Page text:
Black smoke rises from Westlake Center in Seattle as the Saturday afternoon protests result in several car fires and the looting of several downtown businesses on May 30. Courtesy photo

Black smoke rises from Westlake Center in Seattle as the Saturday afternoon protests result in several car fires and the looting of several downtown businesses on May 30. Courtesy photo

South King County area police respond to Seattle protests

The responding officers are members of the multi-agency Valley Civil Disturbance Unit, officials say.

Officers from King County municipal police departments are responding to Seattle to provide additional assistance after the evening’s protest events, officials say.

The responding officers are members of the Valley Civil Disturbance Unit, according to FWPD Cmdr. Kurt Schwan. Schwan was unable to provide the number of responding Federal Way officers.

The Valley Civil Disturbance Unit (VCDU) is a multi-agency unit including law enforcement from Federal Way, Auburn, Renton, Kent, Tukwila and the Port of Seattle.

Protests have been sparked across the nation after the May 27 death of George Floyd, a black man in Minneapolis who died after a white officer knelt on Floyd’s neck for nearly eight minutes as Floyd said “I can’t breathe.” The officer has since been charged with third-degree murder and manslaughter.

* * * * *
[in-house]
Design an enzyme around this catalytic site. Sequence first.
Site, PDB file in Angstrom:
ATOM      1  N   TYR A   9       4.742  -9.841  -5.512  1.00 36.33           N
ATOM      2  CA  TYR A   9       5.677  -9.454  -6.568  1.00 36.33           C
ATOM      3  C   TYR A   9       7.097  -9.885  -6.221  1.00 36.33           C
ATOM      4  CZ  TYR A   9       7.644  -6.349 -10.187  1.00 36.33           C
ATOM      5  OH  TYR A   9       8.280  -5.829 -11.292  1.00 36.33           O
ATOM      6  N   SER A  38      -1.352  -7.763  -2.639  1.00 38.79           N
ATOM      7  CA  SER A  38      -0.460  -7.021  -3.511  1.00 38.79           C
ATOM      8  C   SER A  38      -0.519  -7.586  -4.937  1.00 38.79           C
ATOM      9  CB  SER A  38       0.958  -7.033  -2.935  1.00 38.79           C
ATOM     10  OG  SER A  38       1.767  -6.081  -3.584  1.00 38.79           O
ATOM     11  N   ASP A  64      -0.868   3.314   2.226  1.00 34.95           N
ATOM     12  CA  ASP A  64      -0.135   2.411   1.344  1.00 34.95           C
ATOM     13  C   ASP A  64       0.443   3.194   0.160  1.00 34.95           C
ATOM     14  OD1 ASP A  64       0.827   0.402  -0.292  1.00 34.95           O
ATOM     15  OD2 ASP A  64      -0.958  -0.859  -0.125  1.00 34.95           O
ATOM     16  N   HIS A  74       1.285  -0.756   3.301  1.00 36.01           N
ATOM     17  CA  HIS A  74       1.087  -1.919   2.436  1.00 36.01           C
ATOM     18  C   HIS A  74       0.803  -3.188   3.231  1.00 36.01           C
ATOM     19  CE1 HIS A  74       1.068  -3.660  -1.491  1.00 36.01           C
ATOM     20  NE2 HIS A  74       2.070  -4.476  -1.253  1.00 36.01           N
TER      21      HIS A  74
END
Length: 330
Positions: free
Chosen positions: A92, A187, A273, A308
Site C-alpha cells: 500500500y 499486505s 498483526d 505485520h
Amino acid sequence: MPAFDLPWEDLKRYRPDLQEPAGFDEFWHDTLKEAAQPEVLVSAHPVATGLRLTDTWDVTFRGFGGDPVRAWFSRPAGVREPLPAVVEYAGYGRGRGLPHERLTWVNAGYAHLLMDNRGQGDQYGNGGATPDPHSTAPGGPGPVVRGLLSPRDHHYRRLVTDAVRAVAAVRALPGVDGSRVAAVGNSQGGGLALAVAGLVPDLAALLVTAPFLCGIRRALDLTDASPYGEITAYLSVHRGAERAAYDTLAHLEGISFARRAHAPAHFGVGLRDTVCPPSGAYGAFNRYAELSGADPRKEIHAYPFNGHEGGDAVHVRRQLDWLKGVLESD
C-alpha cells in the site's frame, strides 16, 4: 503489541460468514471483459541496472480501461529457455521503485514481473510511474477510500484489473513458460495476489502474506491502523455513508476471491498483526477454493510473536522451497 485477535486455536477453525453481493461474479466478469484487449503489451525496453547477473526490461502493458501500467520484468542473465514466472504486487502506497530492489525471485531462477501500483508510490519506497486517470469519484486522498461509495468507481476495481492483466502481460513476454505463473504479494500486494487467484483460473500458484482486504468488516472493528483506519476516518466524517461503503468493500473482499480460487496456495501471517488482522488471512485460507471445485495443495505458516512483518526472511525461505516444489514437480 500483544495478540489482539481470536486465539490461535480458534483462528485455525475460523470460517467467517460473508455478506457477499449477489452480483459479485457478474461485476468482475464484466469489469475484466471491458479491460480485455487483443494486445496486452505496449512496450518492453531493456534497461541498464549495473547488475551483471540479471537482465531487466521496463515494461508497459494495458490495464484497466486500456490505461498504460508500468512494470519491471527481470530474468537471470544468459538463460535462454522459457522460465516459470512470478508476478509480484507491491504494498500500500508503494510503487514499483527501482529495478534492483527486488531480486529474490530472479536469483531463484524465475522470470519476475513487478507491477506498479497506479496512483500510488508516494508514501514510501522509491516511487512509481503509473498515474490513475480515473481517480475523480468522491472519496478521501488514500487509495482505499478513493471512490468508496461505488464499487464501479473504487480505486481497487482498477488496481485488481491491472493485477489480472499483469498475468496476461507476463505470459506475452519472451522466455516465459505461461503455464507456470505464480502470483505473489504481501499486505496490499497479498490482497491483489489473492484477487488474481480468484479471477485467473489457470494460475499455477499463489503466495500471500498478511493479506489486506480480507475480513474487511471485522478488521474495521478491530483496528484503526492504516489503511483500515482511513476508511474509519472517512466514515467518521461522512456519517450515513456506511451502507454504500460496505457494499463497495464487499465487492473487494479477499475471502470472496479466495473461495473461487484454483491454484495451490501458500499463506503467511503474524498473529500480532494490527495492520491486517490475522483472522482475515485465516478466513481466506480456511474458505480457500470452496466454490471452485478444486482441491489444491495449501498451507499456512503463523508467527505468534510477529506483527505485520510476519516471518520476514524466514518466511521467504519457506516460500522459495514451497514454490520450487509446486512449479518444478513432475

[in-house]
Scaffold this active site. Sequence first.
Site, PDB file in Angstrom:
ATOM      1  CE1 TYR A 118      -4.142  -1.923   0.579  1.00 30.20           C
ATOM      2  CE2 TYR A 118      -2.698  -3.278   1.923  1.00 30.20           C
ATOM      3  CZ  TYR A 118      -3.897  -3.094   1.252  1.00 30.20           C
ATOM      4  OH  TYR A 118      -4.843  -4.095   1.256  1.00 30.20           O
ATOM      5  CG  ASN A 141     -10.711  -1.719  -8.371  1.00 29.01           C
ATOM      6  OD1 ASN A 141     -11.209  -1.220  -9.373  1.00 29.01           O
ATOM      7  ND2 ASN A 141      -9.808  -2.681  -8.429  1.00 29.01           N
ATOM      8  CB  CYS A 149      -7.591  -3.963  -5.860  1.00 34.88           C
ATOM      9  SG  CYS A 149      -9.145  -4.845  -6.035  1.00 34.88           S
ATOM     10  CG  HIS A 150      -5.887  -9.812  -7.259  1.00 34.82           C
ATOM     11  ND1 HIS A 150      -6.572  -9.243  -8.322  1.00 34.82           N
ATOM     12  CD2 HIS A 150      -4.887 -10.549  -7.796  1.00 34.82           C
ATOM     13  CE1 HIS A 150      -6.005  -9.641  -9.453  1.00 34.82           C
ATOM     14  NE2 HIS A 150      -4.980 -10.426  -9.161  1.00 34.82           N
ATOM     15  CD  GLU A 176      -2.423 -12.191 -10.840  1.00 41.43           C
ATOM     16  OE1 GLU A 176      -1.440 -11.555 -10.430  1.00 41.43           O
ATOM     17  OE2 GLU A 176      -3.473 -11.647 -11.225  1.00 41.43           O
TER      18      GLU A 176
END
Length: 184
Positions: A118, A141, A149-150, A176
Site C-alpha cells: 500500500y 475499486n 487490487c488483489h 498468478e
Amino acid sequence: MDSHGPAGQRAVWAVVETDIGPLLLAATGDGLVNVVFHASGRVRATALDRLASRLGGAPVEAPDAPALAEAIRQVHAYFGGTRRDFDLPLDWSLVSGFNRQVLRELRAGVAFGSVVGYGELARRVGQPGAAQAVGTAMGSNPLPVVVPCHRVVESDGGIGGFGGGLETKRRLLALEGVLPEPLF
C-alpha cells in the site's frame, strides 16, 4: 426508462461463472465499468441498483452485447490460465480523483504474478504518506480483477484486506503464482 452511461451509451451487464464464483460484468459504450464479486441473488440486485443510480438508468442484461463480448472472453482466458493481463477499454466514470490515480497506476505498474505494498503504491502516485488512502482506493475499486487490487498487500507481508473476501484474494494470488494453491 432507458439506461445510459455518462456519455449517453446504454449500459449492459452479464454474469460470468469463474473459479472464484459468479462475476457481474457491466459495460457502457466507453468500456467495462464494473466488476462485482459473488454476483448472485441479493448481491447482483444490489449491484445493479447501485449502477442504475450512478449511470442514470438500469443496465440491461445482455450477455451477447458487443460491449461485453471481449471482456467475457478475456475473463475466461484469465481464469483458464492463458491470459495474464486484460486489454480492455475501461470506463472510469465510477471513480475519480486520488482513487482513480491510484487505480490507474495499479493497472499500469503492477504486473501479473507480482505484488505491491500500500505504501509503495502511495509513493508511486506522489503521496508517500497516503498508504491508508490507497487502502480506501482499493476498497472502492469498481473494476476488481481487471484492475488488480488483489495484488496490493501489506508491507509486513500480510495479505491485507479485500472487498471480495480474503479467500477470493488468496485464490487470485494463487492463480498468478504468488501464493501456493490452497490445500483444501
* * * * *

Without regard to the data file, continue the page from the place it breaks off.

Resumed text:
Hundreds gathered in Seattle on Saturday afternoon to peacefully protest, but the protest soon incited chaotic scenes of Seattle Police cars set on fire, officers tear gassing protesters and damage to businesses in Seattle’s Westlake Center.

Around 4:45 p.m., Seattle Mayor Jenny Durkan imposed an emergency order city-wide curfew from 5 p.m. to 5 a.m. both Saturday and Sunday (May 30-31). Gov. Jay Inslee activated 200 unarmed National Guard members for assistance.

According to Kurt Schwan, the Seattle Police Department requested mutual aid from nearby law enforcement agencies.

The VCDU team was created with the intention of controlling crowds of unruly patrons and enforcing the law during large-scale demonstrations, such as riots or protests, the Mirror previously reported. It results in a higher degree of safety for officers and citizens, improved use of municipal funds and equipment, and better utilization of law enforcement personnel’s expertise and training.


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